Restoring confidence in ecotourism

There is a positive story brewing in north Badia, which has turned out to be something of a magnet for adventurous travelers wanting to walk in Lawrence of Arabia’s footsteps. Until the Arab Spring in 2011, tourism accounted for nearly 12.5% of Jordan’s GDP. That figure has dropped because of the instability in the region.

The Bank is supporting ecotourism by working with the Royal Society for the Conservation of Nature (RSCN)—a regional leader in community-based ecotourism—to establish an ecotourism corridor in Mafraq that is already attracting other donors. The project will expand ecotourism by building on RSCN’s Al Azraq wetlands reserve and the Shaumari wildlife reserve. Tourists will experience Bedouin culture, as well as attractions such as limestone formations, sites with Safaitic inscriptions and petroglyphs, and ancient castles. The concept of high-value, low-volume ecotourism minimizes environmental impact and maximizes economic returns for local communities, such as the Ar Ruwaished community.

Supporting women of the Badia

The project is also opening up opportunities for women, through training and grants that equip women with skills to work outside their homes and earn incomes.

Grants from the Hashemite Fund (above) are helping at least eight community cooperatives pursue alternative livelihoods, while they try to reduce their dependence on natural resources. Already, one of the first women-run cooperatives in Al-Jafr district in Ma’an has been established, and more than 300 women have been trained in making jewelry, ceramics, and souvenirs, as well as other marketing and artisanal work.

Bank support has helped the HFDJB achieve its goal of establishing a rangelands’ school.  According to Her Highness Sharifa Zein Alsharaf bint Nasser, Chairperson of the Board of Trustees of the HFDJB, “The virtual range school is the first of its kind in Jordan that targets all members of the Badia community, including women and youth, to create a generation aware that its natural resources must be preserved and developed to benefit generations that follow.”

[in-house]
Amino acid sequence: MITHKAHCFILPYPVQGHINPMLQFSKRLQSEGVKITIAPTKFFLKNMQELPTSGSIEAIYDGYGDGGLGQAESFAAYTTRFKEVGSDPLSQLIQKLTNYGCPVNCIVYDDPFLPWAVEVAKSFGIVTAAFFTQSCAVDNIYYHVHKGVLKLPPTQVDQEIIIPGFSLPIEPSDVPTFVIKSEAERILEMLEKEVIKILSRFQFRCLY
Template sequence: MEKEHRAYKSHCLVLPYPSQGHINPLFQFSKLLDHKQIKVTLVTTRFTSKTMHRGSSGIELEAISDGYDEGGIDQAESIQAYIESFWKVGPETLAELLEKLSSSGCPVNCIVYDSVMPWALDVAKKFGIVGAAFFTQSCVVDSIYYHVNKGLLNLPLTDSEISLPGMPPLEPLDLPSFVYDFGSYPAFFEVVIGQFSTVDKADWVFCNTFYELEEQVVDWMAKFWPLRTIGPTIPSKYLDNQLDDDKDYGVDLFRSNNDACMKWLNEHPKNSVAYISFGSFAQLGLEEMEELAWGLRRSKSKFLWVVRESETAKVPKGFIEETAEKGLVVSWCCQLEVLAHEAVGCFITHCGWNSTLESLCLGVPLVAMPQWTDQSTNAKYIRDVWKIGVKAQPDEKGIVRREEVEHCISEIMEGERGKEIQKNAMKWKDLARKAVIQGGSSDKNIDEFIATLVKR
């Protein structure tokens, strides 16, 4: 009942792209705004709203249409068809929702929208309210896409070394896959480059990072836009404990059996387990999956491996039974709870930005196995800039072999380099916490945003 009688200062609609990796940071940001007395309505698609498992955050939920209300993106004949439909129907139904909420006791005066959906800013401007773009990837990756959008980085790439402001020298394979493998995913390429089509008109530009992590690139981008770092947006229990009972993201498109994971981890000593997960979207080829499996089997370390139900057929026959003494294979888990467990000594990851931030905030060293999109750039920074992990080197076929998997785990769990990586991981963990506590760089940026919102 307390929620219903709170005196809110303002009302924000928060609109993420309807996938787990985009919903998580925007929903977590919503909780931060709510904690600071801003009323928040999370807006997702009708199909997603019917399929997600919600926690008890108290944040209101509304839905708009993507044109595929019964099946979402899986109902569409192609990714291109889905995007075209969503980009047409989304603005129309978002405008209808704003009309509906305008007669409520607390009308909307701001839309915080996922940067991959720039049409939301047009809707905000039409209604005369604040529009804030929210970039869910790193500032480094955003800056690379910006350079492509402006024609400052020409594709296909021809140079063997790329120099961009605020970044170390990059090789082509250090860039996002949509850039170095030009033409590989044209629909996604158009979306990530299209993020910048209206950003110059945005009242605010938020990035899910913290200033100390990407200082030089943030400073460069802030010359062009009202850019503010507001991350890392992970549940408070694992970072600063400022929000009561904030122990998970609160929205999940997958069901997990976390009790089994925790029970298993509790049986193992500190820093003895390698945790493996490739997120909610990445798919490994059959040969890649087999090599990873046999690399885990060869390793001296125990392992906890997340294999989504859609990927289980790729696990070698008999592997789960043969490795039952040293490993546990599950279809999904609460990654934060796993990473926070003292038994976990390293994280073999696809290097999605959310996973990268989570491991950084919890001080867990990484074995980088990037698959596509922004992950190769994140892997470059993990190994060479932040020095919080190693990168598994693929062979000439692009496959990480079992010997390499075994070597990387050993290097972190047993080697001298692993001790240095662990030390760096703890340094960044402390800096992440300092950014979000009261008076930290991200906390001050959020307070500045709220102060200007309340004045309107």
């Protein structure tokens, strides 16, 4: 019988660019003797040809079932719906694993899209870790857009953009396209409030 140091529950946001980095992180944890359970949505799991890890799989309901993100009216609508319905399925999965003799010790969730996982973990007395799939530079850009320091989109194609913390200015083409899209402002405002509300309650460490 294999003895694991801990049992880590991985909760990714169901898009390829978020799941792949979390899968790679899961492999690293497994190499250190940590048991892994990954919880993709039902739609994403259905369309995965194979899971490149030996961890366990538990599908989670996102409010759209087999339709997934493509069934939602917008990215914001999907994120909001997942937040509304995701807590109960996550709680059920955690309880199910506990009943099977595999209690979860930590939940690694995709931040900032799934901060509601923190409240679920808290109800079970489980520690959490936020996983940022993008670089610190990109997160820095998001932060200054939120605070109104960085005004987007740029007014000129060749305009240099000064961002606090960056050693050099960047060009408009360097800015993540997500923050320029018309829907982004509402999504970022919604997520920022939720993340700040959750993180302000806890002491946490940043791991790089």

The rangeland school’s curriculum has been developed in coordination with the U.S. Department of Agriculture, and combines traditional knowledge and community experience with the science of rangeland management. Graduates will become pioneer rangers in their communities, knowledgeable in rangeland species and how to manage them. “The response from the communities has been tremendous, and they are asking for additional training,” said the Bank’s Setlur.

The way forward

With community grazing and rangeland agreements now covering 3,000 hectares in Ma’an, and ecotourism poised to make a positive impact in Mafraq, these approaches can eventually be scaled-up across the Badia.

Already some 25 cooperatives comprising almost 1,500 members in south Badia, half of them women, have benefited from training in strategic planning, marketing, and how to prepare feasibility studies. By reaching beyond these two governorates, the project could open doors for other communities across the Badia, transforming deserts from wastelands into ecosystems filled with opportunity.